*In 1992, my urologist asked if I would speak to a 16 year old and his family after they received the news that the young adult had been diagnosed as having a rather severe case of urethral stricture disease. The case was so severe that a cystoscope-guided dilitation with filiform and followers was attempted, and the filiform was unable to thread itself through the stricture, and into the bladder. (*I will elaborate more on this later) "Scott" was only the second person whom I had encountered besides myself who had a stricture. The other was a friend, and the subject of difficult urination came up after he complained of "dreading each and every trip to the bathroom", he then proceeded to tell me what a stricture was, and that he had been diagnosed at age 17. We compared notes, and our experiences were quite similar.

There are no accurate statistics of the percentage of the male population with the malady. The co-moderator of this forum goes to a prominent west-coast urologist, who informed him of two (other) current patients. My urologist, located near Philadelphia, Pennsylvania, once elaborated (after my not needing dilitation for almost three years - post urethrotomy) that he was somewhat out of practice with the filiform and followers. This leads me to believe that far less than a fraction of one percent of a general urologists practice is composed of stricture-related disorders. I know for a fact that he has over 9,000 active patients.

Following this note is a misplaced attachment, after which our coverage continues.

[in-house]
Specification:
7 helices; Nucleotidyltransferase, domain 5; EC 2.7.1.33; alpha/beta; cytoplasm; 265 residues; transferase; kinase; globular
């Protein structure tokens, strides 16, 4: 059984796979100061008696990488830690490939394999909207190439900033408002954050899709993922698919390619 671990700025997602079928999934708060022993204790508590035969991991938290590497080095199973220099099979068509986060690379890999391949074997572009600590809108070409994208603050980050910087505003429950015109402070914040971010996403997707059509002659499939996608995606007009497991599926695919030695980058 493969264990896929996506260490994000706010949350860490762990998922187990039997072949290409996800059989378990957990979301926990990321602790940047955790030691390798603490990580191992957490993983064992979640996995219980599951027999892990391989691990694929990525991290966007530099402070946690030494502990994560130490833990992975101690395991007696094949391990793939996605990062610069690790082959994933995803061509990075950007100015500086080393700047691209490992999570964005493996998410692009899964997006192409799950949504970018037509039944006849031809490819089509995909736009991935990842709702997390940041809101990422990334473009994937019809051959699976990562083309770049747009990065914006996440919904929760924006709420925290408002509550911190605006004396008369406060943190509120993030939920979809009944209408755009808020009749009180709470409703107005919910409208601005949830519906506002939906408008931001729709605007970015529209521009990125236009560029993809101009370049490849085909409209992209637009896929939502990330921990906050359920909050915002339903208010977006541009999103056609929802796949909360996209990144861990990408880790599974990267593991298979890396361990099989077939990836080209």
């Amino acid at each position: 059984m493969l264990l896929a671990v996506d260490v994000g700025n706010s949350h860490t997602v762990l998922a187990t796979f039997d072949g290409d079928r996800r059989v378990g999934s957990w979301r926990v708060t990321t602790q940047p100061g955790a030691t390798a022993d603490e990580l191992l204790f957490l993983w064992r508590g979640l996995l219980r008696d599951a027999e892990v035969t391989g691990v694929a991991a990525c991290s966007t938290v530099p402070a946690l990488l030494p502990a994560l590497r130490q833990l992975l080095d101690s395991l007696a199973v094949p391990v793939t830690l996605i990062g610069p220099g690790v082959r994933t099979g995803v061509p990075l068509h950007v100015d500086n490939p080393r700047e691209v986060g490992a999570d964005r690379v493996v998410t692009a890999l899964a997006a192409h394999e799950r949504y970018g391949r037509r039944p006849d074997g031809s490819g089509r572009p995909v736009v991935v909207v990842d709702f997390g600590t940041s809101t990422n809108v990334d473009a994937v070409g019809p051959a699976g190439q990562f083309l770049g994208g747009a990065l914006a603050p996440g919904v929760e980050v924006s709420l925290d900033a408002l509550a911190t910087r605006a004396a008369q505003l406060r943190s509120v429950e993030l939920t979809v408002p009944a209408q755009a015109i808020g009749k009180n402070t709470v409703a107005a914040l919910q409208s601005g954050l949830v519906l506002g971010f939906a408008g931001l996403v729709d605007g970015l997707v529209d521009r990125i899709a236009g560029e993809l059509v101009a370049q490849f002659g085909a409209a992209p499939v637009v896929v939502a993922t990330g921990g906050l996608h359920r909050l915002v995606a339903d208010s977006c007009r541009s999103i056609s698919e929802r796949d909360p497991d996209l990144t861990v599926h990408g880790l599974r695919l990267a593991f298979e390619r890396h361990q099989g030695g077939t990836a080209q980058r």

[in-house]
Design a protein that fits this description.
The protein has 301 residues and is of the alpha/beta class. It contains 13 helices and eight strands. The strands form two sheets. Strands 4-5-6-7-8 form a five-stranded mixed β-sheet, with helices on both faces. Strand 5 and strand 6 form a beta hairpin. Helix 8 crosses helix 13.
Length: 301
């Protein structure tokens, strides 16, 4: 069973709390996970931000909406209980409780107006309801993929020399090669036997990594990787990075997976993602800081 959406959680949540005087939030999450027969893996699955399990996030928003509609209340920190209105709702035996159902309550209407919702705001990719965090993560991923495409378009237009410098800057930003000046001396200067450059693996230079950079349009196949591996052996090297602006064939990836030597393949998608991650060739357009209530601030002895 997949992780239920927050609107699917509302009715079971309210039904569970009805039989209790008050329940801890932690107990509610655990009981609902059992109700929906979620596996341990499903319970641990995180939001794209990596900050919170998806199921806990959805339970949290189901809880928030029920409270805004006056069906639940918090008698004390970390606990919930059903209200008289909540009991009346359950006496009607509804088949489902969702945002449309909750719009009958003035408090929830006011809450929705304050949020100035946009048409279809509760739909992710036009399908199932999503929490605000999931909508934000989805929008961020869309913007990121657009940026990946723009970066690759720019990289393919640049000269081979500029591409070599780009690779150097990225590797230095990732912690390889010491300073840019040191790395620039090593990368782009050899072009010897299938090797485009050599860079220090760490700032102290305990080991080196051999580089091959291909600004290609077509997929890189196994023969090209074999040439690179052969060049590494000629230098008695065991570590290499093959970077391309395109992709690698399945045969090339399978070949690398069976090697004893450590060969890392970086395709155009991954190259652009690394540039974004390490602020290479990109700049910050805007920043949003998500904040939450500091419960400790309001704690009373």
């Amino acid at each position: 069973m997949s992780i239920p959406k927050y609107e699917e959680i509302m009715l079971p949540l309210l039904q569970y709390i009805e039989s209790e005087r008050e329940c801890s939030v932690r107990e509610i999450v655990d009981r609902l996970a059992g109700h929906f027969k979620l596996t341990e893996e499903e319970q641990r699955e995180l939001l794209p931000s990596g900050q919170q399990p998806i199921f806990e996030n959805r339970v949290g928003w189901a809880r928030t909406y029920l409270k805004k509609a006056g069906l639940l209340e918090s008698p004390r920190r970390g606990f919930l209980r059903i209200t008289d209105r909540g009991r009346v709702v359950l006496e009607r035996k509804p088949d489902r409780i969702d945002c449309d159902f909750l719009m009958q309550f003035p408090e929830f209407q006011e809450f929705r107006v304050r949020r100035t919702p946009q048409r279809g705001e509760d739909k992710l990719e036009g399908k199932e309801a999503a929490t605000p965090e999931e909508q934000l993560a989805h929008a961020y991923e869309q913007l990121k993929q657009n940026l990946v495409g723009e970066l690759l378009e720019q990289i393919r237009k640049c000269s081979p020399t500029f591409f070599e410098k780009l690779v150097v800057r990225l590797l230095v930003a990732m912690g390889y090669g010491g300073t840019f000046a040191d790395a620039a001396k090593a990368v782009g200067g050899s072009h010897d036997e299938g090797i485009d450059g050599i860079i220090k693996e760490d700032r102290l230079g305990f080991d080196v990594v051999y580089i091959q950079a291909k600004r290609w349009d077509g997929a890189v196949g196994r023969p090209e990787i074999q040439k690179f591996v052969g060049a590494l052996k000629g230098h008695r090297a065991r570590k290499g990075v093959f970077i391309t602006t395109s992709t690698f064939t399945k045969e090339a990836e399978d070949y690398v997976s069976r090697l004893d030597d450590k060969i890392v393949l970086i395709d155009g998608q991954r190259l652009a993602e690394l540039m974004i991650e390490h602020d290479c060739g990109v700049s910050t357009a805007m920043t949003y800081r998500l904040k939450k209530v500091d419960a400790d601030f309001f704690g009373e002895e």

These observations lead me to the conclusion that for our own well-being, we should educate ourselves to the highest degree possible regarding all aspects of urology. You never know when your knowledge of your case will be necessary in procuring adequate treatment while away from home. Dealing with urinary tract infections has always been my key task health-wise. Yet there are some with the problem who have never had trouble with a UTI. We are each individual, with specific traits, requiring different approaches. The fact that there are a total of around twenty urological surgeons who specialize in urethral reconstruction serving an estimated population of 309 million does not lend confidence that there is enough of a market for a surgeon to be proficient in dealing with complex cases.